It's sort of an odd way to start a conversation.
Especially it's an odd way to start a conversation, if you are the all-knowing, all-powerful Messiah and Son of God, and the person who is coming to the well is a Samaritan woman.
I say this because, well, this IS John's gospel, and Jesus does often come off as someone who has-it-all-together. Even in this conversation (especially later).
But right now, at the beginning, he asks the Samaritan woman for a drink. It's noon, after all, and it's not Minnesota in March. He's got to be thirsty. He asks for a drink.
I can't help thinking, as I read this story, that it's a parable for missionaries. Jesus has gone into another country (Samaria), and he means to share his life, living water. He goes with a mission, but the first thing he does is ask for a drink.
In other words, the first thing he does is reveal his own need, risk showing his own vulnerability, admit that he is thirsty. Just like she is.
Although the word "missionary" is loaded with negative connotations and maybe is not the best word for us to use any more, the truth is that Christians again live in an era when we need to be missionaries. This probably fills us with dread, but if not dread, it gives us the idea that we need to go out with all of the answers and as if we have everything all together. We think we are going to meet people and impress them with our superior humanity, our lack-of-neediness, the way we have it all together.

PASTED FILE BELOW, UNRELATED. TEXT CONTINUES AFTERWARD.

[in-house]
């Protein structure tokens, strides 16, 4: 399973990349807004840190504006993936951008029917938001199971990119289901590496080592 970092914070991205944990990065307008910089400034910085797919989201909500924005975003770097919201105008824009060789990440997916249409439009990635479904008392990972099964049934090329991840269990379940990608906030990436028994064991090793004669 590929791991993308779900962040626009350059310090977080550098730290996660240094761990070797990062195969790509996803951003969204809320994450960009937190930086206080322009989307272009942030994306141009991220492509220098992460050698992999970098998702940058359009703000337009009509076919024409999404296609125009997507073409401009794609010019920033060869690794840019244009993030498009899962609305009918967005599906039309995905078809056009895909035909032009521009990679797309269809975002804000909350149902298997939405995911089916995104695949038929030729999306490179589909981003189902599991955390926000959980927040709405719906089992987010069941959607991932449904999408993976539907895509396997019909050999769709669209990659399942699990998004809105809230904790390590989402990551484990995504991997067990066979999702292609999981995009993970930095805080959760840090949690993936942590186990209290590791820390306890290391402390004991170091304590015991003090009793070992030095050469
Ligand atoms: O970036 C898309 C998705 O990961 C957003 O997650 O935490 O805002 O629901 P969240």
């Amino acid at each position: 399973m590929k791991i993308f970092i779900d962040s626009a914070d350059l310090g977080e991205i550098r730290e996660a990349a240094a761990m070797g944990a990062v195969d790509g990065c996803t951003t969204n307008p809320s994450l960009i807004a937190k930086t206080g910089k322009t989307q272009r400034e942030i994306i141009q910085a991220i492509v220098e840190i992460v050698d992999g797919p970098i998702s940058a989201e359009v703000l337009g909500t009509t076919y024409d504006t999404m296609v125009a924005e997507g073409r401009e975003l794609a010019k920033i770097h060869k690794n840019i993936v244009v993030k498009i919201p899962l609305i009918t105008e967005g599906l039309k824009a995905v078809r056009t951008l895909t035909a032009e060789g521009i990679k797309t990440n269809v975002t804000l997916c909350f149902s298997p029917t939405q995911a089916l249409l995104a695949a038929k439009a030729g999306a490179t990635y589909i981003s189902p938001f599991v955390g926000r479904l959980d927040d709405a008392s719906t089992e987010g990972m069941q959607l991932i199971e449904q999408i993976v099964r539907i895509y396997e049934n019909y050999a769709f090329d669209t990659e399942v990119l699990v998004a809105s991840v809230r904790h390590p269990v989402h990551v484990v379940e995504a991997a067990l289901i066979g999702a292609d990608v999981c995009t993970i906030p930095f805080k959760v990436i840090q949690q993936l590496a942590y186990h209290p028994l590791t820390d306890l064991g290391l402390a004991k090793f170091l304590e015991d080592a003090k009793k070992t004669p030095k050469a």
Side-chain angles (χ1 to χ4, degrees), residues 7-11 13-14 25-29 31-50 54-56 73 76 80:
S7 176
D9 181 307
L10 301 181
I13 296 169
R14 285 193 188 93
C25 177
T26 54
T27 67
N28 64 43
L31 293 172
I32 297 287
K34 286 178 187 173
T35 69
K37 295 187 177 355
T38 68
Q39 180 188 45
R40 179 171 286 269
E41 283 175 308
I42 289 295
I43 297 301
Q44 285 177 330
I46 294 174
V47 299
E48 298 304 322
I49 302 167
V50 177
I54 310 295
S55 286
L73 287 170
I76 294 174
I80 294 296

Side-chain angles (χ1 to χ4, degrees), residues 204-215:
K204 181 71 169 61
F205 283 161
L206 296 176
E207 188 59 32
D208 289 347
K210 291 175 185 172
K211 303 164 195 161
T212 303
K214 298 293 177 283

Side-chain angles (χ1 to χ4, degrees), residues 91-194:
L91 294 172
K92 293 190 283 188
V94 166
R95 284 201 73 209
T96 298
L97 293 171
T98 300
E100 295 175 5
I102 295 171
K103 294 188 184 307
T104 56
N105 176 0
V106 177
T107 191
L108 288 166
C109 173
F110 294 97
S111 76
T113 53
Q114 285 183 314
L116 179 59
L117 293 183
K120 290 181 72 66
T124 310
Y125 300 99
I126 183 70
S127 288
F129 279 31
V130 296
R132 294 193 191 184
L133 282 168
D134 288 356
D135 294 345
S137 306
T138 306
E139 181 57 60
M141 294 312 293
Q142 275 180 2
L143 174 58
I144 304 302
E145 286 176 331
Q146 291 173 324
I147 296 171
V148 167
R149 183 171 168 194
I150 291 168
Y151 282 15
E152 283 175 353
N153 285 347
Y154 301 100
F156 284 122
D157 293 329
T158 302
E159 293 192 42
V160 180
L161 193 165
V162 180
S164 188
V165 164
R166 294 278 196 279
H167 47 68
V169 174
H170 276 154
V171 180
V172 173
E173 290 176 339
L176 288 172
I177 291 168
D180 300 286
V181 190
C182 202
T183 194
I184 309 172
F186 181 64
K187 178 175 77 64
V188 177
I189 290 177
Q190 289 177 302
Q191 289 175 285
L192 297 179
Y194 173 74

But perhaps the best mission strategy is just to go out and be thirsty. To meet people on the basis of our common humanity, to risk sharing our own thirst and our own questions, to reveal some of our own wounds and scars.
When Jesus first sent the disciples out, he told them not to carry extra provisions, to depend on the hospitality of those in the towns where they were going. Don't be so self-sufficient, he told them. Go thirsty.
It's a mission strategy, and it's a Lenten strategy too: Go thirsty. Don't be so self-sufficient. Depend on God, on one another, on strangers.